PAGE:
Lawmakers grill Fed chief in testy hearing on Capitol Hill

WASHINGTON – The Federal Reserve is facing heightened political pressure from both sides of the aisle as it debates whether to keep raising interest rates amid a gloomier outlook for the global economy.

Lawmakers adopted a confrontational tone Wednesday during Fed Chair Janet Yellen’s hearing before the House Financial Services committee, grilling her on the central bank’s strategy for unwinding its historic support for the nation’s recovery.

“Tightening without bipartisan support has historically been a challenge for the Fed,” said Mark Calabria, director of financial regulation studies at the right-leaning Cato Institute. “The Fed may soon find itself without any political friends, a situation largely of its own making.”

Republicans have long fought to rein in the central bank’s powers, worried that years of Fed stimulus is distorting the economy. On Wednesday, the House Financial Services committee released a letter from about two dozen economists urging the Fed adopt more stringent rules to guide its decisions.

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“It is fatal conceit to believe that the Fed is capable of micromanaging our economy to some state of economic nirvana,” committee chairman Reb. Jeb Hensarling, R-Texas, said.

Democrats have been supportive of the Fed’s aggressive actions to jumpstart America’s sluggish economy. But they raised questions Wednesday about whether the central bank should raise interest rates in March after U.S. growth slowed in late 2015.

Members of both parties criticized the Fed for paying interest to the nation’s largest banks on the reserves held at the central bank. A decade ago, Congress gave the Fed the power to make those payments, and they have since become a critical tool in the Fed’s efforts to phase out its stimulus. But on Wednesday, lawmakers attacked the provision as a payout for large financial institutions.

“It looks like we’re going to have some bipartisan concern on this issue,” said ranking member Rep. Maxine Waters, D-Calif., exchanging a smile with Hensarling. “We really do have to deal with this issue.”

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Lawmakers and Yellen sparred on a host of other issues, including the structure of the central bank, the size of its more than $4 trillion balance sheet and whether it has the legal power to take interest rates negative. In one particularly confrontational exchange, Rep. Sean Duffy, R-Wis., lambasted Yellen over the Fed’s handling of documents related to congressional inquiry over a leak at the central bank in 2012.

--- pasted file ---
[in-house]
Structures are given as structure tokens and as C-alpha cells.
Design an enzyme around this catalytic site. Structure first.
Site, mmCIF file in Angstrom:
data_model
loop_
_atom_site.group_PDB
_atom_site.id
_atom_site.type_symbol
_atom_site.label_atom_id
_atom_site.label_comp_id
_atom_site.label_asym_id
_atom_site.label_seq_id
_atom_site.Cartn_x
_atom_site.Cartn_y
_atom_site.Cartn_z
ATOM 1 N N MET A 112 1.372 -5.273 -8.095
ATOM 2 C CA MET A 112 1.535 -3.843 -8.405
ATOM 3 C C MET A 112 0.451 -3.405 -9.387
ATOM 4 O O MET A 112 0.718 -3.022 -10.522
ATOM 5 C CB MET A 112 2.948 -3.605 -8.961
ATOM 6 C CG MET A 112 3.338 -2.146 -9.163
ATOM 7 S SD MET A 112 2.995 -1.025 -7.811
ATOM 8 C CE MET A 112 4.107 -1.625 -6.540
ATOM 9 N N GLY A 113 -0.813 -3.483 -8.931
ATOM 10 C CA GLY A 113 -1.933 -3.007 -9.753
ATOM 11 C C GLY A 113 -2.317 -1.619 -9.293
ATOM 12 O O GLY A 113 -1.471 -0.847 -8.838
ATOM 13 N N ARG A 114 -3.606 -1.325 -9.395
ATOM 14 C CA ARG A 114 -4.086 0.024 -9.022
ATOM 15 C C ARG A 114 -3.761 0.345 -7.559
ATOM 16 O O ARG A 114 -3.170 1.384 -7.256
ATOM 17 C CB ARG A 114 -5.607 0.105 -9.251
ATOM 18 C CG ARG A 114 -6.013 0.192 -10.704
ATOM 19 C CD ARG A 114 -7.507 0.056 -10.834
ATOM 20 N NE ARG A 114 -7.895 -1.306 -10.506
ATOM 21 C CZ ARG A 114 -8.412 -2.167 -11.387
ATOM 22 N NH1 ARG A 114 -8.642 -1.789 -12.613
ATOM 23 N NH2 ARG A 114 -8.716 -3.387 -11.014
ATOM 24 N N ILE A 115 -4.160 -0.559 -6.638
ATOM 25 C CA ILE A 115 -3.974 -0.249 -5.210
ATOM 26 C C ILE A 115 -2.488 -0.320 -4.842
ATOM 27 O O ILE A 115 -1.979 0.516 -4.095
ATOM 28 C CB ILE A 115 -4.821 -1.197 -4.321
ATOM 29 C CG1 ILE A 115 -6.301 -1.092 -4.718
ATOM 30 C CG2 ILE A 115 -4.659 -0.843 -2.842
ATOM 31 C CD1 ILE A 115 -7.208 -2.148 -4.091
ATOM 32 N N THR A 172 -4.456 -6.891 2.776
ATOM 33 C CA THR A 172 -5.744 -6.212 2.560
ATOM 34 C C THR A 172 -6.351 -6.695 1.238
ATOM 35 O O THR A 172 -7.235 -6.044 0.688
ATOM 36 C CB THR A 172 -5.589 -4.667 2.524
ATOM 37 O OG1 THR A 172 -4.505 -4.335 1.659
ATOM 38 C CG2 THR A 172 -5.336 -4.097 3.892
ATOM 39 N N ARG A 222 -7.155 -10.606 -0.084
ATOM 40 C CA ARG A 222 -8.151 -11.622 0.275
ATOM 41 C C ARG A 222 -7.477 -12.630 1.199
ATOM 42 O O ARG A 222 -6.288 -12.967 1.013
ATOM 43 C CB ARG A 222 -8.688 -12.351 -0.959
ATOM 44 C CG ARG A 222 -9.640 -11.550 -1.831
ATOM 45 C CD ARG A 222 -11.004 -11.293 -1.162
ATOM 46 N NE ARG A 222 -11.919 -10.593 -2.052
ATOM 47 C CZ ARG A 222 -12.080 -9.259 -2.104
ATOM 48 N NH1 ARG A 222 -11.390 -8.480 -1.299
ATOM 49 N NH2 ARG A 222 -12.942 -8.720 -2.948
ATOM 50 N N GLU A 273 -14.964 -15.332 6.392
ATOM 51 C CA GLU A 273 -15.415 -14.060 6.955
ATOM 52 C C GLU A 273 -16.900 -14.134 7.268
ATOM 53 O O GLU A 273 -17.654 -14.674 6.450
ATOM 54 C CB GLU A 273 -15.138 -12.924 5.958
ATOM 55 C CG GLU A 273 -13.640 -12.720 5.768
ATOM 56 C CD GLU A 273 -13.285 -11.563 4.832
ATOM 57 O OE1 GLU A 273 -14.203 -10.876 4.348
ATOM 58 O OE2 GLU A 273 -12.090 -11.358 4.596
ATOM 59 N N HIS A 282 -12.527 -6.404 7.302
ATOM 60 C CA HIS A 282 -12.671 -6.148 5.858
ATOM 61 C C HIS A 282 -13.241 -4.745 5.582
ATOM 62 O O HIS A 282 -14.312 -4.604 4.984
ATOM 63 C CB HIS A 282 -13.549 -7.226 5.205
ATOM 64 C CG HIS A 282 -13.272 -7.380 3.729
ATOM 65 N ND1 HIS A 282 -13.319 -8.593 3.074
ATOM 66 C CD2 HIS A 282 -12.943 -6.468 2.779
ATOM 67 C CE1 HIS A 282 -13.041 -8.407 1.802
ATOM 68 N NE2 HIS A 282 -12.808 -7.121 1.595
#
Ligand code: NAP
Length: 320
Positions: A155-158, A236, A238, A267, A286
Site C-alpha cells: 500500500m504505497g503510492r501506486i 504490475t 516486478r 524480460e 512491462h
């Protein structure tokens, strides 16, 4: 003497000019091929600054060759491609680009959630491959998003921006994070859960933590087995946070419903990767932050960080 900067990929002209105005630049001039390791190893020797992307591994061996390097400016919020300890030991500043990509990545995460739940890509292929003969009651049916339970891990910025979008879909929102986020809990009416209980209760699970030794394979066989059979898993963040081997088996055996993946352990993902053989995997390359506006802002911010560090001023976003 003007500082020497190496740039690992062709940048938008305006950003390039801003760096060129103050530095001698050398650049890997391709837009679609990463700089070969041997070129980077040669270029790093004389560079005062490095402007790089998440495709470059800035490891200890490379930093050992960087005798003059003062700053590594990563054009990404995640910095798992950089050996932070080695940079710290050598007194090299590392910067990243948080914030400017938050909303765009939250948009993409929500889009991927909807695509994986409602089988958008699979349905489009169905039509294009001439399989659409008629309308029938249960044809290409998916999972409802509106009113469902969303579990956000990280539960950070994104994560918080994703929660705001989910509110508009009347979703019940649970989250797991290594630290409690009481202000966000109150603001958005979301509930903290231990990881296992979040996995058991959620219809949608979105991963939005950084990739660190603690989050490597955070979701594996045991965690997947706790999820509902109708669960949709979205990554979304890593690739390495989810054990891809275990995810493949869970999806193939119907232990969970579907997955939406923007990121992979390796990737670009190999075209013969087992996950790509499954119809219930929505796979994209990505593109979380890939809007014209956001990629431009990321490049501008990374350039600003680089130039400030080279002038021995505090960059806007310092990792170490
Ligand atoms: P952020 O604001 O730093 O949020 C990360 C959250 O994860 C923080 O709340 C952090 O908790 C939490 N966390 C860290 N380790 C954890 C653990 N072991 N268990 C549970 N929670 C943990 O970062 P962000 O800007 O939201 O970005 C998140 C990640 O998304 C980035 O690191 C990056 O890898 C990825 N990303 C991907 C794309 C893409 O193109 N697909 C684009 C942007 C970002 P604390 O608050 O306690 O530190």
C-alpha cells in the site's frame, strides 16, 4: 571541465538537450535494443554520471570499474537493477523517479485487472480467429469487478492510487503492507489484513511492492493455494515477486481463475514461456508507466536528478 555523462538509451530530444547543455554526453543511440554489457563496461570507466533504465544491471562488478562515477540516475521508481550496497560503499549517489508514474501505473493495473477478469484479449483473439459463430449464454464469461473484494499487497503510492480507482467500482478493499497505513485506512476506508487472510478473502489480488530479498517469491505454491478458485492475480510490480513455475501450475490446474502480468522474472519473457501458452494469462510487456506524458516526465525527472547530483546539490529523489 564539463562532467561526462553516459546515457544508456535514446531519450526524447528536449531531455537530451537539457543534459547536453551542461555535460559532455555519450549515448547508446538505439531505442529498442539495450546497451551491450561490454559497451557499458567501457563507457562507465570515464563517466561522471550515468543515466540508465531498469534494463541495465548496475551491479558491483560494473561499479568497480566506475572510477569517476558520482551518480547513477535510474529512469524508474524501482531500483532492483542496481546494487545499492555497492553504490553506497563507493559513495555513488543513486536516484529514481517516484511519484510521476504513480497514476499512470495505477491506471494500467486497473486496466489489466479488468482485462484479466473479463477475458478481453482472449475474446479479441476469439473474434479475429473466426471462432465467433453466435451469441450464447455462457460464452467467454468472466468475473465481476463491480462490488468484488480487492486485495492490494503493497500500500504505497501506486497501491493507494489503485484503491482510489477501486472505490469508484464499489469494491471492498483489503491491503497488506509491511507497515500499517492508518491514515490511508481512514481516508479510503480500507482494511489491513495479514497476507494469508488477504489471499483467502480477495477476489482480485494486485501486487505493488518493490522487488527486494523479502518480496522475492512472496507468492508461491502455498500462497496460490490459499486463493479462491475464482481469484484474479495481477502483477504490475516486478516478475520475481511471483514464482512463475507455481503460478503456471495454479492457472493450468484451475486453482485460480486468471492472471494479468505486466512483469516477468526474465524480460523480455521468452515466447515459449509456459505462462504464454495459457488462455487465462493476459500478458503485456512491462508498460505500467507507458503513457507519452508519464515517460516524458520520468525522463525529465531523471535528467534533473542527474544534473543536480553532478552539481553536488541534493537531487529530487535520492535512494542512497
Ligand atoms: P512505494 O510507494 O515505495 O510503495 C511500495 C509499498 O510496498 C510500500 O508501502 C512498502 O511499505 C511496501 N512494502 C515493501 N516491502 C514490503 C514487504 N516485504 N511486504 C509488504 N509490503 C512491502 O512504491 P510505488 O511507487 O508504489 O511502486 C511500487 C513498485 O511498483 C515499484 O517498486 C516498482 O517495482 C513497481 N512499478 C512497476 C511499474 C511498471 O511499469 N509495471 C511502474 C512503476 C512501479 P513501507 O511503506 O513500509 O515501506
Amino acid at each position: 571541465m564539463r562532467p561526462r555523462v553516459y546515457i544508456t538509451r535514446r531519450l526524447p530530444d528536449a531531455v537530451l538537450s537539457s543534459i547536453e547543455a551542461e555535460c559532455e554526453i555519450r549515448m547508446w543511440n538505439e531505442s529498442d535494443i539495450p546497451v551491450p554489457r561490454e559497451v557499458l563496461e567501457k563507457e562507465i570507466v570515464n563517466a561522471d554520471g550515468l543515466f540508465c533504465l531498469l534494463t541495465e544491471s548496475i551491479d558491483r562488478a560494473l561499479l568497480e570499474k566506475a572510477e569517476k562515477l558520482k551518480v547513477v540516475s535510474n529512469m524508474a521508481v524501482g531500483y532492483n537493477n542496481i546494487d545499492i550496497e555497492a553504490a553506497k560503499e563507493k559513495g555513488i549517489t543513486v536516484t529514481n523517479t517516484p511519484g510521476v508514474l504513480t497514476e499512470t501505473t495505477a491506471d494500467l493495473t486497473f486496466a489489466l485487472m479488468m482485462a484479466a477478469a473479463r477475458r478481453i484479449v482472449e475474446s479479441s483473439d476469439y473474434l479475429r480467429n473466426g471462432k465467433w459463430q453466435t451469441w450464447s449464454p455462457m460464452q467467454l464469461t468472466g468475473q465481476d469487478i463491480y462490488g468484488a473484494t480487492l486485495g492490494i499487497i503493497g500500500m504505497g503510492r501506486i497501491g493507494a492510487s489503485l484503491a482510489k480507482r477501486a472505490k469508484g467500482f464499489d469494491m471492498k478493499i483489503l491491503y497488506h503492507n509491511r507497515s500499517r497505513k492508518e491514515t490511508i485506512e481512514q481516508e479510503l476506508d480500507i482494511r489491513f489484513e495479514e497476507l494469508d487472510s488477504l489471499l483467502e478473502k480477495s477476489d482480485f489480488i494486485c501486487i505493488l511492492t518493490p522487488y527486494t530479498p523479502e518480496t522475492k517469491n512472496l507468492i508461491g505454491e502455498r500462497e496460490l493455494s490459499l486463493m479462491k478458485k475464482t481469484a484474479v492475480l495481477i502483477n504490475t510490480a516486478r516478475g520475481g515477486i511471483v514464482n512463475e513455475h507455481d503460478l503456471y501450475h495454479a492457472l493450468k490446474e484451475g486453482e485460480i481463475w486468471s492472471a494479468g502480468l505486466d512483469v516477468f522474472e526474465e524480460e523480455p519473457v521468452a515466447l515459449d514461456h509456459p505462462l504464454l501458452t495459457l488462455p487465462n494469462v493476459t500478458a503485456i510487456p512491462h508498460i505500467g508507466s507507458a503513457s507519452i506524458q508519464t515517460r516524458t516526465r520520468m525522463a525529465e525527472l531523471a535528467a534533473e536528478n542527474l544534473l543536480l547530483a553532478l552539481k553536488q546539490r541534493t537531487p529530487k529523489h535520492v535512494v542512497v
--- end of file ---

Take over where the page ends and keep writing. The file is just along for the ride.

The testy hearing underscored the uphill battle confronting the Fed both in Washington and on Wall Street after it raised interest rates last year for the first time since the Great Recession.

The move was intended to signal the central bank’s confidence in the health of the recovery, the first step in a gradual campaign to return its benchmark rate to a more normal level after holding it at zero for seven years. At the time, officials indicated they expected four more rate hikes this year – a veritable crawl by historical standards.

But several Democrats on Wednesday urged the central bank to consider high unemployment in minority communities and slow growth in wages. Demonstrators in green T-shirts from the group Fed Up filled the seats in the hearing behind Yellen, who noted that the central bank can only affect broad changes in the economy.

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“Our powers are not targeted at the experience of particular groups,” Yellen said.

Wall Street is doubtful that the Fed will move again when it meets in March. Some analysts have even predicted that the central bank will not raise rates again this year.

U.S. stock markets opened higher Wednesday but moderated those gains by the afternoon. The blue-chip Dow Jones Industrial Average was flat at noon, while the broader Standard & Poor’s 500-stock index was up 11 points, or 0.6 percent.

In her testimony, Yellen cautioned that continued turmoil in financial markets could dampen U.S. growth and acknowledged the risks from a sustained slowdown in emerging economies. She pointed to recent declines in stock markets, higher interest rates for risky borrowers and the growing strength of the dollar as potential threats. Contributing to the cloudy outlook, she said, were renewed fears of weakness in China and the collapse of commodity prices.

“As is always the case, the economic outlook is uncertain,” she said. “Should any of these downside risks materialize, foreign activity and demand for U.S. exports could weaken and financial market conditions could tighten further.”

Still, Yellen underscored strength in other sectors of the economy. The job market has made substantial gains since unemployment peaked at 10 percent in 2010. The jobless rate is now just 4.9 percent, in line with what many economists believe is its lowest sustainable level. The number of discouraged workers and those in part-time jobs who want more hours have dropped, though Yellen said there is room for more improvement.

In addition, consumer spending has remained relatively robust, which Yellen attributed in part to lower oil prices. Auto sales hit a record high last year, and residential construction has also recovered. Outside of the energy sector, business investment also improved.

“Ongoing employment gains and faster wage growth should support the growth of real incomes and therefore consumer spending, and global economic growth should pick up over time,” she said.

Though some economists have forecast that the odds of a recession have risen in recent months, Yellen indicated that scenario remained unlikely and explicitly stated that she does not expect the Fed will lower rates again any time soon.

“We want to be careful not to jump to a premature conclusion about what is in store for the U.S. economy,” Yellen said.